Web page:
Former Abbotsford union boss sentenced for fraud

Ronald Christopher Hunter was president of CUPE local 774 when he defrauded the union of thousands of dollars.

A former president of the Abbotsford CUPE (Canadian Union of Public Employees) local received an 18-month conditional sentence on Monday for defrauding the union of more than $21,000.

Ronald Christopher Hunter, 42, previously pleaded guilty to fraud over $5,000 for incidents that occurred from 2008 to 2010.

Charges of using a forged document and forgery were stayed.

Hunter was acclaimed as president of CUPE local 774 in April 2008 while working as an equipment operator and water technician.

Crown counsel Louisa Winn told the court that, over an 18-month period starting in July 2008, there were 13 incidents in which Hunter was paid for expenses he claimed using fake invoices.

The treasurer at the time was inexperienced, and Hunter took advantage of that, Winn said.

“Because he was the president, she relied on his authority.”

In one instance, Hunter submitted an invoice for just over $2,000 to cover airfare for two to attend a national CUPE conference in Newfoundland.

In another, he submitted an invoice for $750 to cover the costs of a course on communications skills.

Hunter’s deceit was discovered after he wrote and cleared a $6,100 cheque for a CUPE fishing tournament, which he told the treasurer would be reimbursed to the local by the provincial CUPE branch.

When she checked the details with the national office, she discovered that no such arrangement had been made.

An internal investigation was conducted, and checks with vendors listed on other invoices indicated that Hunter had been falsifying documents.

The matter was reported to the Abbotsford Police Department, and Hunter was charged in November 2010.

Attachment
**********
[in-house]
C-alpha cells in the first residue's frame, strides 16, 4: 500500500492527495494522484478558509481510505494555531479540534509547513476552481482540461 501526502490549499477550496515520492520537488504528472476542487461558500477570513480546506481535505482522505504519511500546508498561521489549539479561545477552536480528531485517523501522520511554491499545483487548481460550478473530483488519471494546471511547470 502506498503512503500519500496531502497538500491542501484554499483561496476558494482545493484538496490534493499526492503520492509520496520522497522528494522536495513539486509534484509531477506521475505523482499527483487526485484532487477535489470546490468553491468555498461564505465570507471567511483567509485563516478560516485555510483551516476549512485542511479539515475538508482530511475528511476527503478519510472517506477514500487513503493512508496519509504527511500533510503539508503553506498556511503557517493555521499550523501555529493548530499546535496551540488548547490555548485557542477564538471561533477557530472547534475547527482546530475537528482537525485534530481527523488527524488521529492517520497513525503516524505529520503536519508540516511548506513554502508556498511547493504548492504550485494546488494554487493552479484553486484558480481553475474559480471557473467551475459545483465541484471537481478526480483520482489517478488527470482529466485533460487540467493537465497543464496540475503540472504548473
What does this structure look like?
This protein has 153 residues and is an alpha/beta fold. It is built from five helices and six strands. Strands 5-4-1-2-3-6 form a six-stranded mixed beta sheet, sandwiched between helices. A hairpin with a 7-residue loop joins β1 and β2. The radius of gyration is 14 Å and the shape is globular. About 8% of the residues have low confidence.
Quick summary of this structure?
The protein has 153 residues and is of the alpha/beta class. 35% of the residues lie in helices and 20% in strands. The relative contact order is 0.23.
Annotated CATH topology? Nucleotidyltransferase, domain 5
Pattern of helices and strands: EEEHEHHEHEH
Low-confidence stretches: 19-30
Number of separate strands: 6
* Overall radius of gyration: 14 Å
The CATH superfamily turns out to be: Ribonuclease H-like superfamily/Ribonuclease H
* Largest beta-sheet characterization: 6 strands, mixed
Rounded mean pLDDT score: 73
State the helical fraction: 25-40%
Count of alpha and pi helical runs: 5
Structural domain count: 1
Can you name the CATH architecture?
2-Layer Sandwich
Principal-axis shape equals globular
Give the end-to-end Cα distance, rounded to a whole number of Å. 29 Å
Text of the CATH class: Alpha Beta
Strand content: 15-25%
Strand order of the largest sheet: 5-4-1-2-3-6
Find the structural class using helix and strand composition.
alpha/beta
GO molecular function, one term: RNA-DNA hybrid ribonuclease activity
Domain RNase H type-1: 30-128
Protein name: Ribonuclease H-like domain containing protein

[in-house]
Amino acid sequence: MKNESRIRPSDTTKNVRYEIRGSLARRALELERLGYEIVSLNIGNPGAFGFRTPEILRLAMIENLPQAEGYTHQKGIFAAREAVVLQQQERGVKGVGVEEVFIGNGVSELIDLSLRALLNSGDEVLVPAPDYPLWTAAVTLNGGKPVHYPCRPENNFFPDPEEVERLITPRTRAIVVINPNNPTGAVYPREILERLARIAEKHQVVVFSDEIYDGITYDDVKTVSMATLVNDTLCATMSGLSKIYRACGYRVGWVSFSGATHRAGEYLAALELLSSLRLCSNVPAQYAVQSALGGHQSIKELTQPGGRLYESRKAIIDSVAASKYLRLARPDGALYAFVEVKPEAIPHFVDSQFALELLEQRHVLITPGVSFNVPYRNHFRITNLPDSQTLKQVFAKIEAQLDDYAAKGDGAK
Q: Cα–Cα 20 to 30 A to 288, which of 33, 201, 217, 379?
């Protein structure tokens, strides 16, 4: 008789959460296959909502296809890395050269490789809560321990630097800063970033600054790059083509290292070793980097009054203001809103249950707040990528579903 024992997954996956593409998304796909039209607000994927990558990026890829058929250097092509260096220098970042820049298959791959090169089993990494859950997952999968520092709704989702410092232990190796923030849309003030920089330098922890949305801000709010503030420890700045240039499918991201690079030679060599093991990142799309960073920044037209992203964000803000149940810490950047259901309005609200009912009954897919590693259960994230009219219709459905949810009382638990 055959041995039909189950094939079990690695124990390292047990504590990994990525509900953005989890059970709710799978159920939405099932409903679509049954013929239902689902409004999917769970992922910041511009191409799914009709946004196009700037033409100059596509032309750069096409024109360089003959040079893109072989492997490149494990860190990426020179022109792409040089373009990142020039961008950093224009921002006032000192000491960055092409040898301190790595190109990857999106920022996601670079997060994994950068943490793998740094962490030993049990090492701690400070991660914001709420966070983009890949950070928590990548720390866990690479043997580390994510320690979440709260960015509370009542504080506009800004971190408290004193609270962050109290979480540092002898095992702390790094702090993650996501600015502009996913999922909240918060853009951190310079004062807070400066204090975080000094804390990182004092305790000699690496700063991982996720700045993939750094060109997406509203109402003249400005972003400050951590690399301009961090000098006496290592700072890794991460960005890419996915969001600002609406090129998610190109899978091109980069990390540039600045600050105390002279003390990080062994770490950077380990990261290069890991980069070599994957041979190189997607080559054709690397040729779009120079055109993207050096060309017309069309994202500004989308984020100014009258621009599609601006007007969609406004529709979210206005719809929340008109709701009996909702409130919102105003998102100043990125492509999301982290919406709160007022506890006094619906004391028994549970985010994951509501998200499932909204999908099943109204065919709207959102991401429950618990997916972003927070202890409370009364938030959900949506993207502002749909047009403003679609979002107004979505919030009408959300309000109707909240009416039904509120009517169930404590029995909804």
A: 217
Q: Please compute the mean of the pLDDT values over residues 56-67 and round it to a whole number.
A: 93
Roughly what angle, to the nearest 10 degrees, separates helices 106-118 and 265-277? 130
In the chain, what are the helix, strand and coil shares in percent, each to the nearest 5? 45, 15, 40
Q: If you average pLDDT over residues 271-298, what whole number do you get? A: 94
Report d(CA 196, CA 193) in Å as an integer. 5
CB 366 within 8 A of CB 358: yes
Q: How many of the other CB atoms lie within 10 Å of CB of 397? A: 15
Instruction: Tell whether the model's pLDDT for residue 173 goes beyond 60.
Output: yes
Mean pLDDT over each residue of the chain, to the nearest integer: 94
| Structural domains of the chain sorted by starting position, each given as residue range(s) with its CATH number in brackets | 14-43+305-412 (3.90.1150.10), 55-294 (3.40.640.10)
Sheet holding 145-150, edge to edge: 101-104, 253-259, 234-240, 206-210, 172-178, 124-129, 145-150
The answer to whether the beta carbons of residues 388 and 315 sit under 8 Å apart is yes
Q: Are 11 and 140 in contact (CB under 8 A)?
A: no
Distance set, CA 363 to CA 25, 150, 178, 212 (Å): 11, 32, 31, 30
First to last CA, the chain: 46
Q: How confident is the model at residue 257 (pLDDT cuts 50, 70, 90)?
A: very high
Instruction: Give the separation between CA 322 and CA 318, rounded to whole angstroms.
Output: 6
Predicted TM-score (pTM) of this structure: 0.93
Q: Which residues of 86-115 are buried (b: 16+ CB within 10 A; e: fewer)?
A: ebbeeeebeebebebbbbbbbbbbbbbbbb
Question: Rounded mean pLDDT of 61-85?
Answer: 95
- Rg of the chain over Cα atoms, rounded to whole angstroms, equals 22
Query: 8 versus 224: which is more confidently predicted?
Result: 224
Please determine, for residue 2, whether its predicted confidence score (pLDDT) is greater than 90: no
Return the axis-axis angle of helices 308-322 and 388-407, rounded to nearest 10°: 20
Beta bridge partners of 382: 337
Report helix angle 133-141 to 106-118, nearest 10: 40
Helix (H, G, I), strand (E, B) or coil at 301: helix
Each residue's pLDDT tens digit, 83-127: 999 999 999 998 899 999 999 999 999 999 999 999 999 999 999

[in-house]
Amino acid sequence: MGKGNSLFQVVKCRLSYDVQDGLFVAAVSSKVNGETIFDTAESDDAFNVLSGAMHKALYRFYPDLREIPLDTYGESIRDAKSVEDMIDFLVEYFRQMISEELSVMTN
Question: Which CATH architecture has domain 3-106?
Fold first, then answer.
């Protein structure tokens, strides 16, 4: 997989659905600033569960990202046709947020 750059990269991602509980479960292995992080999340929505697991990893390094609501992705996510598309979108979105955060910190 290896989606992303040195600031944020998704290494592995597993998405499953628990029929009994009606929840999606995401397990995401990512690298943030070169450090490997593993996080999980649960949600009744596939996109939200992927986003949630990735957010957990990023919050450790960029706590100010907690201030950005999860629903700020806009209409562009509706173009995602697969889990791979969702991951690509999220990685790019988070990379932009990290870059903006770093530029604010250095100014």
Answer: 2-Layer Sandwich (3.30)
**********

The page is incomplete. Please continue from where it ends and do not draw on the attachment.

Defence lawyer Lorne Wise said Hunter perpetrated the fraud in order to provide counselling for his wife, who was experiencing mental health issues, and for CUPE members who were not being covered through their benefits.

Wise said Hunter was also suffering from anxiety and depression at the time, and was overwhelmed by his role as union president.

In sentencing Hunter, Judge Gregory Rideout said Hunter’s crimes were a betrayal of the “blue collar” and “hard-working” members of the union.

The crimes not only “financially devastated” the local, but damaged its credibility and members’ morale, he said.

Hunter addressed the court, saying he was sorry for his actions, particularly in deceiving the treasurer at the time.

“(There is) no excuse for the bad decisions I’ve made, the betrayal,” he said.

A conditional sentence means Hunter will serve his time in the community and will be allowed to leave his home only to attend work. His sentence will be followed by one year of probation.

Hunter has also been ordered to repay the $21,146 that he fraudulently obtained. Most of this will go to the insurance company that covered the majority of the local’s losses, while the rest will go directly to the union.

Rideout noted the irony in Hunter now being employed at another union job.

Kalinda Naismith, current treasurer of CUPE local 774, said she believes the membership will be satisfied with the sentence handed down.

“Ron Hunter held a position of trust, and he betrayed our members by abusing his authority and breaching that trust,” she said.

Naismith refuted Hunter’s defence that he used the fraudulently obtained funds to help members pay for counselling expenses.

” … our employer offers a great Employee and Family Assistance Program. In my 17 years, I’ve never heard of anyone being denied free counselling through the program.”



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